David Williams of The Health Business Blog points out the fallacies inherent in one writer’s attempt to vilify the health insurance industry. His post is called, “There is no Health Insurance Mafia.”


This large group of posts may be further organized by the topic of enlightenment. First up we have practical health tips.

Health Tips

[{] We begin this section with an anonymous psychiatrist blogger at How to Cope with Pain. She has captured my little Rehabilitation Medicine heart with her three-part series describing office ergonomics, therapeutic exercises, and how to avoid computer-induced postural strain. Her very practical post (that will be very useful to you readers) is called: “How to Sit at Your Computer to Avoid Pain.”

Ramona Bates at Suture for a Living explains what to do if you’re bitten by a cat – she does a wonderful job describing the treatment options and possible infections that can result. Her post is aptly named, “Cat Bites.”

Paul Auerbach at Medicine for the Outdoors teaches us everything we need to know about preventing and treating foot blisters caused by hiking/walking. His post has the shortest name of this Grand Rounds: “Blisters.”

Jeff Benabio at The Derm Blog offers a comprehensive analysis of the dangers of tanning salons with some tips for safe sun exposure. His post is called, “Is The Tanning Industry The New Big Tobacco?

Nancy Brown at Teen Health 411 warns that outdoor tanning is also not safe. Her post is called “Sun Safety.”

Jolie Bookspan, The Fitness Fixer, tells the story of how a woman living in the Yukon learned that “doing exercises” doesn’t heal an injury if you go back to bad movement habits the rest of the day. The post is called, “Fixing Herniated Disk and Reclaiming Active Life.”

[:-/] TBTAM at The Blog That Ate Manhattan has practical tips for patients preparing for a new patient visit with an Ob/Gyn. Her post is called: “TBTAM’s Healthcare Team Tips for New Players.”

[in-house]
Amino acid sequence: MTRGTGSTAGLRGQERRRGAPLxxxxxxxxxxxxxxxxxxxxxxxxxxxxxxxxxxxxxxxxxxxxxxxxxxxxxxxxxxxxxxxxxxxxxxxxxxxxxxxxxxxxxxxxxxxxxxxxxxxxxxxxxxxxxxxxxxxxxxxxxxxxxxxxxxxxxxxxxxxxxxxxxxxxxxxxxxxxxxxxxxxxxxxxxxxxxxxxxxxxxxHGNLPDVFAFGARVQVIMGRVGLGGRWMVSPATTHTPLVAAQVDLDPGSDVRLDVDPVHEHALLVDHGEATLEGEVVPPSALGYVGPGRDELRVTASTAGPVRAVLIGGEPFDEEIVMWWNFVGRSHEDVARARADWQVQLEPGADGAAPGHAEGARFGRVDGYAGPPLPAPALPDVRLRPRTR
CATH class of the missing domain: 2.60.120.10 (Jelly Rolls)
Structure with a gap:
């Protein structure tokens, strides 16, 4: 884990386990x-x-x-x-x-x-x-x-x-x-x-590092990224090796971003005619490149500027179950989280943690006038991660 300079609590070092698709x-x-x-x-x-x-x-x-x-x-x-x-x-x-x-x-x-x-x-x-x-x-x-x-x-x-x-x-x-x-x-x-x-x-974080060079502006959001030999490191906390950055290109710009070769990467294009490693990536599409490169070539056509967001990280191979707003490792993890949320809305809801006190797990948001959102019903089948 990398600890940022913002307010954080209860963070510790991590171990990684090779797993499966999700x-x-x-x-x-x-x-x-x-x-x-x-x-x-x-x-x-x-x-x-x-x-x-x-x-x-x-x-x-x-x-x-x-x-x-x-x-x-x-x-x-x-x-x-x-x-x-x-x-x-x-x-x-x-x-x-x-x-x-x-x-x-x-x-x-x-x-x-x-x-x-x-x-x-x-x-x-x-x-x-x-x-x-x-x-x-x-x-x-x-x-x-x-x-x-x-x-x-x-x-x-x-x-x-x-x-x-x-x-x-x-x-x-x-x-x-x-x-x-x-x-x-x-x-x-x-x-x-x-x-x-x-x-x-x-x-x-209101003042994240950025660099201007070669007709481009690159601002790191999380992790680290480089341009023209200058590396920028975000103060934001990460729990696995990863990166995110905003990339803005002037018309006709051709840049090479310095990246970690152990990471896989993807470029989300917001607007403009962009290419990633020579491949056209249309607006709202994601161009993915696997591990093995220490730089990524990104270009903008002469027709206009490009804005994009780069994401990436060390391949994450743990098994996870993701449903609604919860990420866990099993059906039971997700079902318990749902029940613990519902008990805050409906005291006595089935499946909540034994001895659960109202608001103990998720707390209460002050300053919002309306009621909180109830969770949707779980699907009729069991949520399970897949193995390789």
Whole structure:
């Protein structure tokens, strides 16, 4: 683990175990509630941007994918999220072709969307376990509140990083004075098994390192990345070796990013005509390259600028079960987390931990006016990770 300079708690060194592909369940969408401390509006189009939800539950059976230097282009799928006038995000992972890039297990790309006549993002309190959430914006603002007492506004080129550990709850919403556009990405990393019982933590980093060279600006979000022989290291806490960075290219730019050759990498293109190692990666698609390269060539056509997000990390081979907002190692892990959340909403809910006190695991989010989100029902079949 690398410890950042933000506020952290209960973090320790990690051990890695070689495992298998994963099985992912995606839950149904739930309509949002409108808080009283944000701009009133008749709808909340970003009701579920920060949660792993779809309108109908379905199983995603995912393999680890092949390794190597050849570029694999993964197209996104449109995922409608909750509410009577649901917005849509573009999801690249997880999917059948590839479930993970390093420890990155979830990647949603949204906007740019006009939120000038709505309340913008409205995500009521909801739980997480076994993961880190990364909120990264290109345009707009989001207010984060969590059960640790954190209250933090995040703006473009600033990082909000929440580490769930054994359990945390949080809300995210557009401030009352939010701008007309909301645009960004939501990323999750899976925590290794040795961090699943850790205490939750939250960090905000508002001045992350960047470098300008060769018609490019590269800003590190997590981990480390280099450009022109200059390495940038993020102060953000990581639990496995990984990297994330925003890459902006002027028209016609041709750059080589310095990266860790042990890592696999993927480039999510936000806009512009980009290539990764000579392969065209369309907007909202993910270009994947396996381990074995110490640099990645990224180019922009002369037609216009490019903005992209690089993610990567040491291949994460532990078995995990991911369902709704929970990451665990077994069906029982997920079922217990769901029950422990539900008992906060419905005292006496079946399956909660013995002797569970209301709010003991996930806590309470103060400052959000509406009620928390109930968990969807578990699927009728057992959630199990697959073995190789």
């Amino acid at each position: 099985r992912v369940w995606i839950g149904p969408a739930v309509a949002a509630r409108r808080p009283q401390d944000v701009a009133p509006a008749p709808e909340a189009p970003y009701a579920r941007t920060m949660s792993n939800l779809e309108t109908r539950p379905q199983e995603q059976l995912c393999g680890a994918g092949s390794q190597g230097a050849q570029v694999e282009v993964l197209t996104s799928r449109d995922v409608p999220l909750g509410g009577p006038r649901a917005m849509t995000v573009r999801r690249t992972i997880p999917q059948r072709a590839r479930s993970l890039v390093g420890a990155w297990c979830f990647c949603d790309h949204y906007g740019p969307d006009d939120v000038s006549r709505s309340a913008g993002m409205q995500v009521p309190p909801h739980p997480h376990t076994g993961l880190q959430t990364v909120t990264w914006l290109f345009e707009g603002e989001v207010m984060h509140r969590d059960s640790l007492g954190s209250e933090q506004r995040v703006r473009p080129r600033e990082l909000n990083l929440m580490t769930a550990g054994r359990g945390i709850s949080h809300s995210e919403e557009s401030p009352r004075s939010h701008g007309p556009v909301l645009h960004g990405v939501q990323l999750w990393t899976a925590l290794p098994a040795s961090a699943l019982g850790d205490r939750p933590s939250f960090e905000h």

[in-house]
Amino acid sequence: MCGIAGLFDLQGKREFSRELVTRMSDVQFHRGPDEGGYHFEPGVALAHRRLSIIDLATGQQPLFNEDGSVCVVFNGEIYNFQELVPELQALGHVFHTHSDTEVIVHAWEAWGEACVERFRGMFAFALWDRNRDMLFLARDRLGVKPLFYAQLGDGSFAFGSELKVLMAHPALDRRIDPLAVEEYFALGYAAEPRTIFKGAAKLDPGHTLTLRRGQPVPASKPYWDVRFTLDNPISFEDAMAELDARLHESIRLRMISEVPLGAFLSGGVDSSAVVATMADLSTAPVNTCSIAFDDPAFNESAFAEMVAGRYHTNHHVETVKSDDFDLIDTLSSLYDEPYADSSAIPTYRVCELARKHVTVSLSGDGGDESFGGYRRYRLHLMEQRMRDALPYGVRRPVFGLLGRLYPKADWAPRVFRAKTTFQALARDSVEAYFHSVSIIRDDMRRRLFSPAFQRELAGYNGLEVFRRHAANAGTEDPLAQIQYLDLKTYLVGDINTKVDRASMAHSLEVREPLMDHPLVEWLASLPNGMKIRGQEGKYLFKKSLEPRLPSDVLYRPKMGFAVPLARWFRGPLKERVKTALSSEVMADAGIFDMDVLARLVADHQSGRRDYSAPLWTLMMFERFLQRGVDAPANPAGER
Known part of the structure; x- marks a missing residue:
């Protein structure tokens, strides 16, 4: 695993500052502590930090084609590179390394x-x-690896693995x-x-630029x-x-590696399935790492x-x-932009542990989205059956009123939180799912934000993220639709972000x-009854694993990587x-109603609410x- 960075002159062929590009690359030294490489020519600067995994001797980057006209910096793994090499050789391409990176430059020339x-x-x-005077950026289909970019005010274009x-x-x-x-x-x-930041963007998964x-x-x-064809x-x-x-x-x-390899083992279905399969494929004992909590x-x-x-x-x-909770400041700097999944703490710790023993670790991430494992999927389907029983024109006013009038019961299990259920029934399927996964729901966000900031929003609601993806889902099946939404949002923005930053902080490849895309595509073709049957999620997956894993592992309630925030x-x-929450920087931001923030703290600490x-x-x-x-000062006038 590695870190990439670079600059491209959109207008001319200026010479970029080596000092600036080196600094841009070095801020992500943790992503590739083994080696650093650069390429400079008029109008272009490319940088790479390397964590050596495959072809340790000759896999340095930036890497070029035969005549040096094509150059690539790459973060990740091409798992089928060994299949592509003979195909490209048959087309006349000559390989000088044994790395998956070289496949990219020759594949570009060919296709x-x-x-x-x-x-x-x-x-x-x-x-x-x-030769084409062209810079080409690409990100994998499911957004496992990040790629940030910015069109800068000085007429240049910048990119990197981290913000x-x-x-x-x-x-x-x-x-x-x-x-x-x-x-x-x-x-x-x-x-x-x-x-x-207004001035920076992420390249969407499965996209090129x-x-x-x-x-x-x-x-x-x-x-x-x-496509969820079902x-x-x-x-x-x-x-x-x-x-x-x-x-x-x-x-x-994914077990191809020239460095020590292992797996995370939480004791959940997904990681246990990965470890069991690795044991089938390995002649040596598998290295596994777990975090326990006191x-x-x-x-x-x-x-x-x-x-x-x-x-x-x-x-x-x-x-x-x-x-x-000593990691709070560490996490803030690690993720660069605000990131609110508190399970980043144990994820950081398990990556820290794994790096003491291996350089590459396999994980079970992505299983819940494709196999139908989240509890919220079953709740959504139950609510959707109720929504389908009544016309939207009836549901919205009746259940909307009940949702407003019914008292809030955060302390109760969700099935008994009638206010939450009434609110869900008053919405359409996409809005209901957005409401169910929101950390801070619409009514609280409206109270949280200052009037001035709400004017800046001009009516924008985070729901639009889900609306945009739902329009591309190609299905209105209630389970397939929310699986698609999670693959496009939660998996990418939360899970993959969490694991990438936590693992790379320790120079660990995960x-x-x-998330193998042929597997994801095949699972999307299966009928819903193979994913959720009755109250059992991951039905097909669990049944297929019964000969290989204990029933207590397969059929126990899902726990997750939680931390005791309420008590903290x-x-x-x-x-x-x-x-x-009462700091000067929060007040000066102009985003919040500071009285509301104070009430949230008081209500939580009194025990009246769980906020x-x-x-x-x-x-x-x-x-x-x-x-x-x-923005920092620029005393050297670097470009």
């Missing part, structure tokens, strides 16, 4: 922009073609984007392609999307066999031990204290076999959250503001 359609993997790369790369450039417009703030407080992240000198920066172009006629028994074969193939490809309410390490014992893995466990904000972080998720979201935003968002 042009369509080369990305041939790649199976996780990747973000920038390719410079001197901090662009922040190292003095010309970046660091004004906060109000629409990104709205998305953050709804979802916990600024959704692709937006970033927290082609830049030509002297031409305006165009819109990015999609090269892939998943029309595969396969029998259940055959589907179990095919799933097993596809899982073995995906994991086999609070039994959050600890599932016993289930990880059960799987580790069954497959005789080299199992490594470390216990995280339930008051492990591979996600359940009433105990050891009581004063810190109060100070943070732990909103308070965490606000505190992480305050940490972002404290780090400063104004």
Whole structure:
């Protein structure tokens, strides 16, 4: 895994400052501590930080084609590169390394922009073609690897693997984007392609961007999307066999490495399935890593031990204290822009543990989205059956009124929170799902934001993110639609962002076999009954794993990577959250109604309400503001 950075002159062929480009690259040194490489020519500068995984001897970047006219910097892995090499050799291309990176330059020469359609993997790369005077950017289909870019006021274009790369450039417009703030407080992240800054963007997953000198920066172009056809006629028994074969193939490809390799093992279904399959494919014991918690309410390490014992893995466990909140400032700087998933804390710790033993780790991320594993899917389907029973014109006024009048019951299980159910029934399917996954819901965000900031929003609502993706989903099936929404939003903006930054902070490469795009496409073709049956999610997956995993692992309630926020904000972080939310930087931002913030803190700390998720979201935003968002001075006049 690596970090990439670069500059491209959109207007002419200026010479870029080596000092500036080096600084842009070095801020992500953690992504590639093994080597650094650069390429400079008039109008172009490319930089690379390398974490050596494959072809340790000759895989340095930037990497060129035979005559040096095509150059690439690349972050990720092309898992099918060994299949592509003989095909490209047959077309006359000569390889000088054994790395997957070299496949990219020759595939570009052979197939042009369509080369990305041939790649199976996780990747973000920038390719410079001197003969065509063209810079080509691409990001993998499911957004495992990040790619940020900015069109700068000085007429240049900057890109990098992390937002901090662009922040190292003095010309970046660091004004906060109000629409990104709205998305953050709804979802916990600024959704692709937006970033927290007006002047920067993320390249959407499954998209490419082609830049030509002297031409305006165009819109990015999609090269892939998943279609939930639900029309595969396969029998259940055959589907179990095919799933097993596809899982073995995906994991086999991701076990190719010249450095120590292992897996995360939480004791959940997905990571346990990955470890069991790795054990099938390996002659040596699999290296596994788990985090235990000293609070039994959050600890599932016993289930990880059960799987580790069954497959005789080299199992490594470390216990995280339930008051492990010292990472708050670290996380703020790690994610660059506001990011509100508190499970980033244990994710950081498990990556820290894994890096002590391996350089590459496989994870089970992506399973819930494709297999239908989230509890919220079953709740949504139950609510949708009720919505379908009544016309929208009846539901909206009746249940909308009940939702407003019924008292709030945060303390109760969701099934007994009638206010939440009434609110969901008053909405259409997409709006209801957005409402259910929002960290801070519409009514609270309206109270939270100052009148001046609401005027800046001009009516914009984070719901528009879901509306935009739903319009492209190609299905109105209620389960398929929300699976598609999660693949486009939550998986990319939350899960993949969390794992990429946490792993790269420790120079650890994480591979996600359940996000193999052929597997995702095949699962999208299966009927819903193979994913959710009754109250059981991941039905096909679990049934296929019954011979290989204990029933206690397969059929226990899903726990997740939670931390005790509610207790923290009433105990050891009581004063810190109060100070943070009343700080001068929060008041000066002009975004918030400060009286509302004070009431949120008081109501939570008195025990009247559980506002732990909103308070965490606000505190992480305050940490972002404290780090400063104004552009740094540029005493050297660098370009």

[:-/] Dr. David at Musings of a Pediatric Oncologist teaches us that HPV can predispose people to oral and throat cancers as well as cervical cancer. All the more reason to vaccinate boys as well as girls. His post: “HPV and Cancer Revisited.”

Kenneth Trofatter, at Fruit of the Womb offers a detailed analysis of when it might be appropriate to use Fondaparinux to reduce the risk of clotting in pregnant women. His post: “Use of Fondaparinux During Pregnancy.”

Joshua Schwimmer at Tech Medicine offers some tips for doctors. Practice makes perfect, and this new teaching mannequin has some nifty bells and whistles. His post is: “The iStan Medical Mannequin: it Sweats, Bleeds, and Breathes.”

More healthcare for dummies is offered by Jan Gurley of Doc Gurley Blog. Her post is called: “Playing Surgeon.”

Next up, a series of posts about Web 2.0 principles.

Web 2.0

Allergy Notes describes a small study in the BMJ demonstrating that text message reminders can improve compliance with asthma medication regimens. The post is called, “Text Messaging Can Help Young People Manage Asthma.”

[{] Sam Solomon of Canadian Medicine describes a new trend in Canadian medical research – using blog tools to analyze public opinion. His post is called, “Putting Clinical Depression under the Microscope and on the Blogosphere.”

Mic Agbayani at GeekyDoc, suggests that patient privacy is violated by YouTube when a video is posted of healthcare professionals laughing during a surgical procedure to remove a foreign body from the rectum. His post is called, “Patient privacy and YouTube.”

[:-/] Richard Reece at Med Innovation Blog explains that doctors get a bad rap when it comes to EMRs and IT in general. See his post: “Bad Rap on Physician IT Use Not Deserved.”

[:-/] A counter-point argument for the mandatory use of EMRs (at his hospital) is made by John Halamka at Geek Doctor. His post is called: “Accelerating Electronic Health Record Adoption.”

Health Policy and Medical Ethics

This is our largest and final subgroup of enlightening posts. You’ll find some great reasoning here (and Dr. Val is partial to reason).